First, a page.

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Sunday, July 16, 2017


This will be an extended post, beginning with the personal and grandparental and ending in an extraordinary and really unforgivable bit if self-congratulation perhaps justifying an intervention or clinical help.  I apologize for this in advance, but have decided that the confessional has a place on the web.  Put it down, if you wish, to my advancing age.

My granddaughter Athena will be nine on the first of August, and I asked her mother for suggestions for appropriate presents.  Apparently on a recent family trip to Tokyo, Athena bought a little treasure box and has now begun a collection of objets d’art.  Could I find in Paris an appropriate addition to the collection?   I had not a clue, but went on a ramble in our Place Maubert neighborhood and ended up some while later in front of a shop at the end of our street called Avanti Musica which is stocked with all manner of little knick-knacks.  There I found what I hope will be the perfect gift, a decorated miniature treasure chest cum music box with a dancing ballerina.

Buying presents for my grandchildren is difficult because their doting parents have given them virtually everything that is both age appropriate and available.  Last December, faced with the same problem for Samuel, who was turning eleven, I decided that instead of asking his mother and father for guidance, I would give him a present that no one else in the world could give to him:  a copy of In Defense of Anarchism, inscribed by the author.  Now, I may be self-absorbed, but I am not yet totally dotty.  I had no thought that Samuel would welcome this present or even look at it.  But I wanted him to have some physical evidence that his grandfather was not just the old guy back East.  Perhaps in future years, even after I had passed away, he would be moved to read it.  I had the fantasy, I confess, that in nine or ten years, when he was in college, he would take a course in which the book was assigned, and could bring in his copy to show the professor.

When you have spent your entire adult life writing books and have arrived at the age of eighty-three, perhaps it is natural to wonder what it all amounts to.  Will anything you have written survive your death?  Is it all fated to blow away like autumn leaves?  I found myself thinking that perhaps this one little book, no more than an extended essay, would somehow manage to live, that it might even become, in a small and subsidiary way, a part of the canon of works in the Western tradition of political theory.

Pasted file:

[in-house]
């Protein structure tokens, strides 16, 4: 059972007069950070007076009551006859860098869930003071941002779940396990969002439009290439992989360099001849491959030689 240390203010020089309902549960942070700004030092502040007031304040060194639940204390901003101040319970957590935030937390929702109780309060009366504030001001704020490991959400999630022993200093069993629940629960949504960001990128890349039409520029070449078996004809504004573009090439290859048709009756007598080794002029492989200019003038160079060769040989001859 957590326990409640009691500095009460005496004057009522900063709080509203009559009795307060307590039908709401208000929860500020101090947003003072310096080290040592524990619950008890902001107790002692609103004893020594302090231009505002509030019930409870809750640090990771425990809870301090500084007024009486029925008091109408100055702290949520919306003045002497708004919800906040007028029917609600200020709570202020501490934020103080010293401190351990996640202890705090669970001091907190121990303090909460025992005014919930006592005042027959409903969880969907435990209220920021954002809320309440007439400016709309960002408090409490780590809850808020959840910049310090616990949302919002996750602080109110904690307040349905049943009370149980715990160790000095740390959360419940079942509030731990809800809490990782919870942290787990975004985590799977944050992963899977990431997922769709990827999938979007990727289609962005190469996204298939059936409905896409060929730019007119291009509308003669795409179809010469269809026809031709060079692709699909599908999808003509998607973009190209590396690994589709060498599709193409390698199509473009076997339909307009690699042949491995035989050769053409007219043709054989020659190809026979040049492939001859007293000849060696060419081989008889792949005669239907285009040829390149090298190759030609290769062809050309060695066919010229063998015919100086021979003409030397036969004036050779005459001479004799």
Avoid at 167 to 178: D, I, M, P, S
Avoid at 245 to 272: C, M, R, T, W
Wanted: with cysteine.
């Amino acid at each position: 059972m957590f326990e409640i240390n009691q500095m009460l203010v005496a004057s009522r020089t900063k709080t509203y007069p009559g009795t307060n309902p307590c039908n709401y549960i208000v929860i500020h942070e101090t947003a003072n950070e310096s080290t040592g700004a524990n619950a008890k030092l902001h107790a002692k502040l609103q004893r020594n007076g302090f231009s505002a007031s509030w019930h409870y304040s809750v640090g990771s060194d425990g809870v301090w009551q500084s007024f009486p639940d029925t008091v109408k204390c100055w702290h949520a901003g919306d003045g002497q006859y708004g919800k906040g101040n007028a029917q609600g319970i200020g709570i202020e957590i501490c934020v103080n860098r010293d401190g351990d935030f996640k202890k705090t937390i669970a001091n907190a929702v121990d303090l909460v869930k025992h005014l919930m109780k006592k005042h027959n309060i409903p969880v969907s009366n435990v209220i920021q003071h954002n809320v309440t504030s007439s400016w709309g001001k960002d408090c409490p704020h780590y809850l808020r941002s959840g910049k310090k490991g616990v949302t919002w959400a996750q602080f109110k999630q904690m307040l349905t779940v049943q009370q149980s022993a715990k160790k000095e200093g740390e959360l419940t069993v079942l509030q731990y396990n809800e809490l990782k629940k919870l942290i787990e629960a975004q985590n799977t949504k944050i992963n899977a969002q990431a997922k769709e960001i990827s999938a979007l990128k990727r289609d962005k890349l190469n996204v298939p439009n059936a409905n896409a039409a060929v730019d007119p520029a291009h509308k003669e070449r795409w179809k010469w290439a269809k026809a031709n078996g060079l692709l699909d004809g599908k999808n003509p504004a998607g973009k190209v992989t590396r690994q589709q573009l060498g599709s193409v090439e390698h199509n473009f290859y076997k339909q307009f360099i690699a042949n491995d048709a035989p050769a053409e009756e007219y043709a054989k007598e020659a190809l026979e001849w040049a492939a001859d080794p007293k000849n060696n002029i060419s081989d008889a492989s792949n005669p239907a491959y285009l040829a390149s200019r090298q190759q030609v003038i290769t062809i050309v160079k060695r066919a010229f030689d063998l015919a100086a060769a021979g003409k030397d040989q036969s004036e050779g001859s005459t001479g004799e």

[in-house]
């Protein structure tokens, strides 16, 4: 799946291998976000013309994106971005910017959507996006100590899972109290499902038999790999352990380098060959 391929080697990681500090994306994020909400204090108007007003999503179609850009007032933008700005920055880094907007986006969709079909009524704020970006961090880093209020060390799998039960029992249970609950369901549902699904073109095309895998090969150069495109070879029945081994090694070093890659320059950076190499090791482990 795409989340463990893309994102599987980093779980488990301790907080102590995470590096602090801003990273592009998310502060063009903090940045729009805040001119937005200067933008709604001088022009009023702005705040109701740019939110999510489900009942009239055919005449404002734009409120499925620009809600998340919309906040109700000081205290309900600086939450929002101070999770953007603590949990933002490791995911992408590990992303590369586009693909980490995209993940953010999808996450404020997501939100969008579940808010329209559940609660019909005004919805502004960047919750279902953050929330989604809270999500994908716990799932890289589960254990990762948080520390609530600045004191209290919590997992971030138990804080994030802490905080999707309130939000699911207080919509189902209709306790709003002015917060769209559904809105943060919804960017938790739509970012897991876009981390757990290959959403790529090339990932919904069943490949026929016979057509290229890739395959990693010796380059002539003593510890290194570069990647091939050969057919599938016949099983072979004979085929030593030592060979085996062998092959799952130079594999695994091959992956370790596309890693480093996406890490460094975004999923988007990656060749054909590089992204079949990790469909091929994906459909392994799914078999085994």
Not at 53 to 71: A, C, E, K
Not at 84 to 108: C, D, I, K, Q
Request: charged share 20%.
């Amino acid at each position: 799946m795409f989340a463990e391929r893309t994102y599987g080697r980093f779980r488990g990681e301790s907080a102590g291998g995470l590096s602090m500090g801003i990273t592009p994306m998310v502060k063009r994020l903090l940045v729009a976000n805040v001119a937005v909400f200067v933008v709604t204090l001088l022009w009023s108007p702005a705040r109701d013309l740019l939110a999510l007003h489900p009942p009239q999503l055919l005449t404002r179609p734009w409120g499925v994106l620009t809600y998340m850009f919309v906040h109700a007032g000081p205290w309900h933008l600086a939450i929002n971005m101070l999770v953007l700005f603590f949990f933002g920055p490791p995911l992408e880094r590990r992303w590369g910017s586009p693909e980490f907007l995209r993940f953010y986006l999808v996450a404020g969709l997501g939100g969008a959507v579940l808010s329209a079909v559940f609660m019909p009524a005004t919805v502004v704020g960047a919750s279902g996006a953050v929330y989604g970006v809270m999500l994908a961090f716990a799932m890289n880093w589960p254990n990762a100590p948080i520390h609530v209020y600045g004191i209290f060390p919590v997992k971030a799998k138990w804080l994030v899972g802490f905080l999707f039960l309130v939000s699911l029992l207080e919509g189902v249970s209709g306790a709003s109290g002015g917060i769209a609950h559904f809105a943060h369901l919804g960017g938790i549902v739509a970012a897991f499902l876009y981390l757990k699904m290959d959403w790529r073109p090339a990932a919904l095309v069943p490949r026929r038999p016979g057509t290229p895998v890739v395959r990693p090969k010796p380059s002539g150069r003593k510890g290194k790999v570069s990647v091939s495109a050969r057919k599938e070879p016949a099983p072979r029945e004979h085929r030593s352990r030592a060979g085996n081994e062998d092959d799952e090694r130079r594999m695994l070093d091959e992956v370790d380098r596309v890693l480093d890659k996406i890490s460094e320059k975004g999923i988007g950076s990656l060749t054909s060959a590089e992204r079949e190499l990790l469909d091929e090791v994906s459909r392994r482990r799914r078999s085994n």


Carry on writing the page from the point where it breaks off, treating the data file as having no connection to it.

The works that have acquired that relative immortality are, in at least one way, quite similar:  although each book was written at a particular moment in reaction to a particular constellation of contemporary texts, it rises above that situational embeddedness by setting forth an argument that lays claim to universality.  No one anymore reads John Locke’s First Treatise on Civil Government, which, for those of you who have always wondered, is a devastating attack on Sir Robert Filmer’s defense of the divine right of kings.  At the time, Filmer’s position was widely held, but it very quickly was overtaken by history.  Locke’s Second Treatise, on the other hand, although manifestly a work of the late seventeenth century, is read to this day by every serious student of political theory.  The same is true of Rousseau’s Of the Social Contract and Mill’s On Liberty

Because of the peculiar circumstances under which In Defense of Anarchism was written, it contains almost no references to contemporary philosophical debates.  It is virtually devoid of scholarly footnotes and addresses a single fundamental philosophical question sub specie aeternitatis.  It could have been written two hundred years ago, not fifty-two, or indeed one hundred years from now.

Will it live?  I would like to think so.  In the nature of the case, I shan’t be around to find out, but perhaps eighty years from now, Samuel’s grandson will tell his old grandfather about a little book he has just read in college, and Samuel will take out a present from his grandfather and offer it to the young man for show and tell.


s. wallerstein said...

I recently became a grandfather, and everyone congratulated me on how my genes will be passed on to a new generation. That seems to be the fashionable thing to say these days.

I replied that whether or not my genes survive is a matter of complete indifference to me, but I judge the worth of my life on whether I manage to pass on some of my ideas (which I do not claim to be original) to others, whether blood-relatives or not. If 50 years from now, when evidently I will not be here, that 16-year-old student of mine, with an interest in Marxism-Leninism, to whom I recommended Deutscher's biography of Trotsky, silently thanks me for helping him to take one more step towards an understanding of Marxism and of the revolutionary tradition, that's enough for me.